Although NASA's X-43A and other hypersonic airplanes use air-breathing engines and fly much like 747s, there's a big difference between ripping air at Mach 10 (around 7,000 mph) and cruising through it at 350 mph.
These differences are even more pronounced when hypersonic aircraft sip rarified air at 100,000 feet, while commercial airliners gulp the much thicker stuff at 30,000.
Aero-thermodynamic heating is a very big deal at Mach 10. The critical point comes where air changes from flowing smoothly across a surface — laminar flow — to when it becomes chaotic — turbulent flow.
Aero-thermodynamic heating largely determines the engine size, weight, choice of materials and overall size in hypersonic airplanes. So engineers would like to have a much better understanding of what triggers turbulence and how they can control it at hypersonic speeds.
Air goes from laminar to turbulent at what engineers call the "boundary layer." They understand how this happens at slower speeds, but they're still grappling with which factors influence it at hypersonic speeds.
Associate Professor Anatoli Tumin, of UA Aerospace and Mechanical Engineering (AME), is among those studying the problem and has developed a model that predicts the surface roughness effects on the transition from laminar to turbulent flow at hypersonic speeds.
His theory has a lot to do with partial differential equations, Navier-Stokes equations and other brain-taxing mathematics that Tumin and Applied Math Ph.D. student Eric Forgoston have grappled with during the past couple of years.
"In principle, the theory tells us what the optimal perturbations are that will lead to turbulent flow," Tumin said. "Now we can explore different geometries for roughness elements to see which are best. We can explore how to space them and where we should position them."
The researchers will soon run a supercomputer simulation to compare their theory with what actually happens when air flows across a roughened surface at hypersonic speeds.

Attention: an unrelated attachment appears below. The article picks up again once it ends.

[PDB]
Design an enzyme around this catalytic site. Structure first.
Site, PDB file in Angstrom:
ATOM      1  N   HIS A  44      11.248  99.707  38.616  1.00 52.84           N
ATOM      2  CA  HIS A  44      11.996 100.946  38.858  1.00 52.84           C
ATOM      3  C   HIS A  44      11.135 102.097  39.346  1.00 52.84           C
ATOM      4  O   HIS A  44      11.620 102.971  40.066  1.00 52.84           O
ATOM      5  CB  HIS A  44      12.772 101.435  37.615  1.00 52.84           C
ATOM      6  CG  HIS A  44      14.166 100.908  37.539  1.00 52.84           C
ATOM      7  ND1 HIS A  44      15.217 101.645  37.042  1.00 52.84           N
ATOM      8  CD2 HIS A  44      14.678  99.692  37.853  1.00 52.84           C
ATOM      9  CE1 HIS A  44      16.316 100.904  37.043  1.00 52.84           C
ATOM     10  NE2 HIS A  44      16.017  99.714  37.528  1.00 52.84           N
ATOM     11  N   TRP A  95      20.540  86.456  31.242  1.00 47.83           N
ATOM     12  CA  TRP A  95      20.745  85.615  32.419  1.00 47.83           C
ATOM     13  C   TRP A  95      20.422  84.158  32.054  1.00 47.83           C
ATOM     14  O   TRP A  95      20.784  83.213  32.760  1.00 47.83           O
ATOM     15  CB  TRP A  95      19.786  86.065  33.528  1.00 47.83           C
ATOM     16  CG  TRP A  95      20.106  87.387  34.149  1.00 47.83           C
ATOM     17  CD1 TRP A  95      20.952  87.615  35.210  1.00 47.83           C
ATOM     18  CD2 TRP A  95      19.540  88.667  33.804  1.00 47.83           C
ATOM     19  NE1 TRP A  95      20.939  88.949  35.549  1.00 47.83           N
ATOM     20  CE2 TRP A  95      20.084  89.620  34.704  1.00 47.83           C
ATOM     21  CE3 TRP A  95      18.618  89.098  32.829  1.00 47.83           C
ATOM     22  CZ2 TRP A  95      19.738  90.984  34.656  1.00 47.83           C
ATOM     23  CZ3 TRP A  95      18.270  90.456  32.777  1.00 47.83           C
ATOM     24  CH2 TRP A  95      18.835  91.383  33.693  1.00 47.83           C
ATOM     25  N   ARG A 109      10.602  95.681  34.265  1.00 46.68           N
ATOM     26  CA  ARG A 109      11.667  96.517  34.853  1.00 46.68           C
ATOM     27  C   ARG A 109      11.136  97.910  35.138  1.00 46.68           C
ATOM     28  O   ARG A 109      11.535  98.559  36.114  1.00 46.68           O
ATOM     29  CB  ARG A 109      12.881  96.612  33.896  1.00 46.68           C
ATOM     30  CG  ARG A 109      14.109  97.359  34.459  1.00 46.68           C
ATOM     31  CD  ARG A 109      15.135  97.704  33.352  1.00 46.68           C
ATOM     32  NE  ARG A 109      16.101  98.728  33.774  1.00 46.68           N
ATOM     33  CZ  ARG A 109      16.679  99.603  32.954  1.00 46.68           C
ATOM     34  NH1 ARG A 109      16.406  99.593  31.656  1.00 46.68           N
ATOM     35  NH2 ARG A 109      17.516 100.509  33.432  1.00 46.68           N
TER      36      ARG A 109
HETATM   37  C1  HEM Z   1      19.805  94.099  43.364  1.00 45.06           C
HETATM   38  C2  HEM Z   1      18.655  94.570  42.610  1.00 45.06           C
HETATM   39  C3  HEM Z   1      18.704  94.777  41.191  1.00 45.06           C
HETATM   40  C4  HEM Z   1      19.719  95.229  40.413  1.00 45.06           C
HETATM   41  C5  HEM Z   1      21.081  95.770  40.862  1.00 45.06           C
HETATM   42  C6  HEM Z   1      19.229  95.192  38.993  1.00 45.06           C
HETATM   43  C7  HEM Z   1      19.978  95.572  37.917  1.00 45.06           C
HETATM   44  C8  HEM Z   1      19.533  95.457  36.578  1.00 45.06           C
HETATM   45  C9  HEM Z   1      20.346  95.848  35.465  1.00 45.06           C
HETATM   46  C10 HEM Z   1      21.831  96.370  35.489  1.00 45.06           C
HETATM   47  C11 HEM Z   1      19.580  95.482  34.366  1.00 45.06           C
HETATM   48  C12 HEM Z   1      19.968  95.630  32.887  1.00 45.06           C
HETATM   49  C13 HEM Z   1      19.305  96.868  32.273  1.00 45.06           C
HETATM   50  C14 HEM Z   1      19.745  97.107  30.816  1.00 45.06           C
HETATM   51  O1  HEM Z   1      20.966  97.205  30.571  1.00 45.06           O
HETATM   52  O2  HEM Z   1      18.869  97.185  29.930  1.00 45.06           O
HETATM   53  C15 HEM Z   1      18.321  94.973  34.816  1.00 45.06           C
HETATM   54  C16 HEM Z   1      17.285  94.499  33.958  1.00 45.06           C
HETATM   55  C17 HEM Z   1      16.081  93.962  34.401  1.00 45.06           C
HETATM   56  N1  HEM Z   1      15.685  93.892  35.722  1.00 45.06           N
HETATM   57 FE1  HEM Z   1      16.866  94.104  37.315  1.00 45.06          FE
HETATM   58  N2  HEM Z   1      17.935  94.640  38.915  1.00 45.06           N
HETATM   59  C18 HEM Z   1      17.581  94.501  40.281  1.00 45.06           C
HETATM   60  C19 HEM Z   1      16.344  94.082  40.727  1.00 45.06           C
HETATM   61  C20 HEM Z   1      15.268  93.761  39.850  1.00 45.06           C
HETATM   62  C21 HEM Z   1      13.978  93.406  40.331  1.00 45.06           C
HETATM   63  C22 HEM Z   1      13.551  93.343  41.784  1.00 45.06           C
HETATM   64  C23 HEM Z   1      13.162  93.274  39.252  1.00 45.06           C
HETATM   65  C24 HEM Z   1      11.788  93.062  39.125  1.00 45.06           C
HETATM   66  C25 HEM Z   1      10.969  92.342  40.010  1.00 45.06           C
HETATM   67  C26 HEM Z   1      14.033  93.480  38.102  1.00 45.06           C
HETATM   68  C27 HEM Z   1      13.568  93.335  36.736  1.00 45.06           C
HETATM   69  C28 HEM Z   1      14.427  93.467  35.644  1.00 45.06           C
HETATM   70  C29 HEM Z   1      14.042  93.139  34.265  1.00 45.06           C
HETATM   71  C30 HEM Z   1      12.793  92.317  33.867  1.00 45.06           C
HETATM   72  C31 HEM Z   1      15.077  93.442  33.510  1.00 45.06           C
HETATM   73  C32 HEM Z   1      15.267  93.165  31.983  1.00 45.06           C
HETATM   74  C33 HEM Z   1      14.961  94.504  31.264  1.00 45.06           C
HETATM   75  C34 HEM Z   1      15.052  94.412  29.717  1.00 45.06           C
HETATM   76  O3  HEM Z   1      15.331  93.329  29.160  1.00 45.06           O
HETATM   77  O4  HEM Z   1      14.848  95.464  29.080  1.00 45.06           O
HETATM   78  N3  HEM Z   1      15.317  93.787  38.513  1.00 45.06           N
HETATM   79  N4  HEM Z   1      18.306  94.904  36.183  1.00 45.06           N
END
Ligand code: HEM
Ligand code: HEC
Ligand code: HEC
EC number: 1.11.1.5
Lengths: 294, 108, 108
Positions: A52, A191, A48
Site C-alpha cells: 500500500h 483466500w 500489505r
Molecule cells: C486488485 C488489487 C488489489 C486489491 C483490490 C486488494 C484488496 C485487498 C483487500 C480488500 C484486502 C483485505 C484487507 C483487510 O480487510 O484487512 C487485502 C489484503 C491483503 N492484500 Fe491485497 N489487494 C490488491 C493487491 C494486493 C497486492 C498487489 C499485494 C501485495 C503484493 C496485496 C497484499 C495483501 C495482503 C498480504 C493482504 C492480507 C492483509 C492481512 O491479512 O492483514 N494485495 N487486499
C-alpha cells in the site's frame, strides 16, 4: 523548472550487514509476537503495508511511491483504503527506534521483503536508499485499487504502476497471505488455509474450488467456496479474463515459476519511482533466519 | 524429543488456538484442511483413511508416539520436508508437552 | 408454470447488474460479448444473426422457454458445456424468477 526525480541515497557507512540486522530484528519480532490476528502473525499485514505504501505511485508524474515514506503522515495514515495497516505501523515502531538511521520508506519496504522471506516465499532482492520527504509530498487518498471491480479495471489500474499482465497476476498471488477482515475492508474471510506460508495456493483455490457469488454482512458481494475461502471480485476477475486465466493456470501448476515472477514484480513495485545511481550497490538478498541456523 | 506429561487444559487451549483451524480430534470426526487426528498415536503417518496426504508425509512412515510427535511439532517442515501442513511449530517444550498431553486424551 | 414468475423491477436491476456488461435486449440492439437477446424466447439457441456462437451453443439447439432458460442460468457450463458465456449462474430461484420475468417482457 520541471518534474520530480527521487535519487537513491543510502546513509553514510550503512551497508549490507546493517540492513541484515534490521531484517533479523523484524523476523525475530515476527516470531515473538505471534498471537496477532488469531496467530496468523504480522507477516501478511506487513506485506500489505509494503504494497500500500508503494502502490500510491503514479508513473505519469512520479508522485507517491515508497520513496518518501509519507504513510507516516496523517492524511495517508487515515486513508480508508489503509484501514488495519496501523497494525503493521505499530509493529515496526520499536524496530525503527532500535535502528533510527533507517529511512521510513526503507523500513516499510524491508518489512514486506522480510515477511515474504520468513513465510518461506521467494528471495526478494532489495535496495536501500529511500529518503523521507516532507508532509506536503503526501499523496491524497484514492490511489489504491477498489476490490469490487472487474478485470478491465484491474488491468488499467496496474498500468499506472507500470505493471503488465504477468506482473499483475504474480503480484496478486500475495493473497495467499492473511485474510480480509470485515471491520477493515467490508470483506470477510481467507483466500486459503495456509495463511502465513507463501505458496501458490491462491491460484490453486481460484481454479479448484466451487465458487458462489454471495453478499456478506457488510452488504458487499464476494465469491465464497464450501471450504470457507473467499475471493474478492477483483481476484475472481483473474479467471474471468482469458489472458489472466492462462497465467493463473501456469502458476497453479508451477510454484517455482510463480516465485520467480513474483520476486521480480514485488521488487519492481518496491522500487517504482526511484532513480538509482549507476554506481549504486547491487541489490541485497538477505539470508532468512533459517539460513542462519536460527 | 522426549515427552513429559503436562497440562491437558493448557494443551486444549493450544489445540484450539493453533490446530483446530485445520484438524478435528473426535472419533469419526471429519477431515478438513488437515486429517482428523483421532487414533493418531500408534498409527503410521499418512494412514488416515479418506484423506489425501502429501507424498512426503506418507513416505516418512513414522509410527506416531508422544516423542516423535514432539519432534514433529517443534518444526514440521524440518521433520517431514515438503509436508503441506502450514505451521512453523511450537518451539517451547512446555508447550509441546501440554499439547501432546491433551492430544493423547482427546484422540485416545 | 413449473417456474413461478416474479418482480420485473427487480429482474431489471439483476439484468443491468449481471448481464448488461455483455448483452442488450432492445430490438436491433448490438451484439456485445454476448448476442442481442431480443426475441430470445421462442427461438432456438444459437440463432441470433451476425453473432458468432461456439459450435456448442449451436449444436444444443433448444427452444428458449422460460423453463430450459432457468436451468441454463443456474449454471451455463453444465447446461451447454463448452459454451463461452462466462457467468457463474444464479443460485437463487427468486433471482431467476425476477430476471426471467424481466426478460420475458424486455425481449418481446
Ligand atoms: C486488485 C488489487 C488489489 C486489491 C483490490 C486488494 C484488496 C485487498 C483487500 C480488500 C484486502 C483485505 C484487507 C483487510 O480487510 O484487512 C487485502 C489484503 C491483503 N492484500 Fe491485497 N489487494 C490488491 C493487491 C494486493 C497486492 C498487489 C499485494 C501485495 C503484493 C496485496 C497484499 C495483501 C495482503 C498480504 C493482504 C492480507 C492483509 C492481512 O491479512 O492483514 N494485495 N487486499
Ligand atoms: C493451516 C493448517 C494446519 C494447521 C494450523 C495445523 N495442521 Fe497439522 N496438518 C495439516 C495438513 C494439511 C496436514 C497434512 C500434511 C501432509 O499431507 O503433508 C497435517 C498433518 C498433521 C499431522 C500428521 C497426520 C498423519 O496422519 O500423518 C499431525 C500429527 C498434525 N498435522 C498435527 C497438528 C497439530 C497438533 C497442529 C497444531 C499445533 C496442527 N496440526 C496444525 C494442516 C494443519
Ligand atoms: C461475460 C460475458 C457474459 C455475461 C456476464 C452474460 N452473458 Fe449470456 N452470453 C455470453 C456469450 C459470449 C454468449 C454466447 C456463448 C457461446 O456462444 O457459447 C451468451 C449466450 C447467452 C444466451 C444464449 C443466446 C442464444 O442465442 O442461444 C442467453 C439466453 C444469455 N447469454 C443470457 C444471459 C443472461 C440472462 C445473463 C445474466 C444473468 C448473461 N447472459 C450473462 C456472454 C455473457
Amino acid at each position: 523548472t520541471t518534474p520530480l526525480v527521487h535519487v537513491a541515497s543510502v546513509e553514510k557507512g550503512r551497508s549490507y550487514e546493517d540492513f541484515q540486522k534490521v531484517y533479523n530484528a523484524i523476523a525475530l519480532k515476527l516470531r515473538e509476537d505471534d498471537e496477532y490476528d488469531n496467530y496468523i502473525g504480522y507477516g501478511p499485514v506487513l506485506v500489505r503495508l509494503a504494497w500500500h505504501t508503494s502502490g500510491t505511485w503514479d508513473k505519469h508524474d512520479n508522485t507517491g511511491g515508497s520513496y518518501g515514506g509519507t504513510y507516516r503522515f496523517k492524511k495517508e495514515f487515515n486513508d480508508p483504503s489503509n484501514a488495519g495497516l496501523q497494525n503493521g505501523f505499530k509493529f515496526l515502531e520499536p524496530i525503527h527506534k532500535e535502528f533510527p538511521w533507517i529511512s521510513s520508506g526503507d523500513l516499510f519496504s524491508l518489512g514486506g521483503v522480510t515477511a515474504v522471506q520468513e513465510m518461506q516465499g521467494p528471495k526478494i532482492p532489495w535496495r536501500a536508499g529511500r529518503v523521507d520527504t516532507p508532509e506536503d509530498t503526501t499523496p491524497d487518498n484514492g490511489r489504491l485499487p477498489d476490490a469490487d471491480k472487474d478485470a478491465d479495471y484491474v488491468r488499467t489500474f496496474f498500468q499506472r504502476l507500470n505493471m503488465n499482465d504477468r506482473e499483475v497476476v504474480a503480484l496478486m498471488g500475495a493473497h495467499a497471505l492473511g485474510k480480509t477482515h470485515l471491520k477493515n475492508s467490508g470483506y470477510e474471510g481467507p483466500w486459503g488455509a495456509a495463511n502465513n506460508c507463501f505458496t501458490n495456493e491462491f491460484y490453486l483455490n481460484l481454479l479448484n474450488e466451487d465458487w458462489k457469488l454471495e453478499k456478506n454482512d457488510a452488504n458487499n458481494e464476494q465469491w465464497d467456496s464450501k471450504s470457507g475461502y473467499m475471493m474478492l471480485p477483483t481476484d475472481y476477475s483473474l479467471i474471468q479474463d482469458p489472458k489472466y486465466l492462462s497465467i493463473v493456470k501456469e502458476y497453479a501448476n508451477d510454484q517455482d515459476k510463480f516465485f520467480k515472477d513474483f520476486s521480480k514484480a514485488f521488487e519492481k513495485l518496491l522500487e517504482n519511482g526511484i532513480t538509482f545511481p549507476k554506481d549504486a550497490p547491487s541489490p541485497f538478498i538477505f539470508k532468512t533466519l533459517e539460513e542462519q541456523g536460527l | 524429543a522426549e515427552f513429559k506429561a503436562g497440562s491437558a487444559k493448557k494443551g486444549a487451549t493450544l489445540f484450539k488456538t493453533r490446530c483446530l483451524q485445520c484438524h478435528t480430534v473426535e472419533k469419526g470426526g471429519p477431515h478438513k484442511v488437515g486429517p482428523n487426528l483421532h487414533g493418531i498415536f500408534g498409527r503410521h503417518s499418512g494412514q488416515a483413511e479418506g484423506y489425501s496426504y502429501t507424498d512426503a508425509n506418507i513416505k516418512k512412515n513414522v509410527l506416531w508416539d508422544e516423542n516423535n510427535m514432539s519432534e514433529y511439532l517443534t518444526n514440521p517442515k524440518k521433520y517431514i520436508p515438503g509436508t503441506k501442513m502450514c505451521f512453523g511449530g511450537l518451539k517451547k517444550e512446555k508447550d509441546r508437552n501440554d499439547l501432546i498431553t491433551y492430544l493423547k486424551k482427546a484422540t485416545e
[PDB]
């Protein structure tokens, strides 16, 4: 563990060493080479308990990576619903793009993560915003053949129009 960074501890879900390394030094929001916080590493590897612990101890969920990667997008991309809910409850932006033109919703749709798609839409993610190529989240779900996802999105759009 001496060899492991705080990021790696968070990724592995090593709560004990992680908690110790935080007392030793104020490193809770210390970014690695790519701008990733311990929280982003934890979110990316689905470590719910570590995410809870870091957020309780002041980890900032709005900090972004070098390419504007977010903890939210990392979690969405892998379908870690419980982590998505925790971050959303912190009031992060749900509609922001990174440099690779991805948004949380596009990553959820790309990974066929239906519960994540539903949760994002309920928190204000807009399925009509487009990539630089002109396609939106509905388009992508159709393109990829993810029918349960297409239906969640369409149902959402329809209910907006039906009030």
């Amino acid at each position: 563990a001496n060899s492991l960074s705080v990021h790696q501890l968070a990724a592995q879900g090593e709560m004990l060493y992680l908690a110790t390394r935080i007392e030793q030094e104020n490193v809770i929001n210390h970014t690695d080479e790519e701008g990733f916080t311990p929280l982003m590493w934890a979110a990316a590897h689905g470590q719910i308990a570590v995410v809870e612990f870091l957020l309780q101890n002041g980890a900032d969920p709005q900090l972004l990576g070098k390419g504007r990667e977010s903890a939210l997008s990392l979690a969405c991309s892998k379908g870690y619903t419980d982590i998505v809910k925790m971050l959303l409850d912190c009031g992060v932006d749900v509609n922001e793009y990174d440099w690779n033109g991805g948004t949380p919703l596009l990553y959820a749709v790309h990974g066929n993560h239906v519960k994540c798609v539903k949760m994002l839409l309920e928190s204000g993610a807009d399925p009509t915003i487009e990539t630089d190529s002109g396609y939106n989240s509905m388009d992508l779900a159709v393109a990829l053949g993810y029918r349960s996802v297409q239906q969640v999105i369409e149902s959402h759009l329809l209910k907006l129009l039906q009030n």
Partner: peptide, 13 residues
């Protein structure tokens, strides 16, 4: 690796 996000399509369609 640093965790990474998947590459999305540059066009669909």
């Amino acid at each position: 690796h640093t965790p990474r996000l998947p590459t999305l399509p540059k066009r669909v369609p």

Currently, these simulations guzzle tens of hours of supercomputing time. But if Tumin's theory is correct, engineers will soon get the same results from their office laptops.
Tumin is working with Research Assistant Professor Simone Zuccher, of UA AME, to develop a software package that will allow designers to do this laptop-style analysis. The software will help them predict when and where the transitions from laminar to turbulent flow occur in engines and on surfaces operating at hypersonic speeds.
"We developed our theory and arrived at what is called the 'transient growth mechanism,'" Tumin said. "The airflow is stable, but there are some tiny disturbances within it that can grow downstream. We can generate these downstream, streamwise vortices (spiraling flows) by using the correct amount of roughness in the right places. We can do this at an engine inlet, for instance, in order to trip the boundary layer and to have stable engine performance."
"If we can understand the laminar-turbulent transition mechanism, we can predict the transition point accurately," Tumin said. "This is important for heat protection, where you want laminar flow. Otherwise, you need to add a lot of weight for thermal insulation because you have to assume turbulent flow at the surface when you do your design calculations. Similarly, engine designers would like to have a quick transition to turbulence to have a turbulent flow at an engine inlet."
Ultimately, better understanding the transition to turbulence at hypersonic speeds will allow designers to build lighter, faster, more efficient airplanes capable of traveling at even higher speeds of Mach 15 or more.
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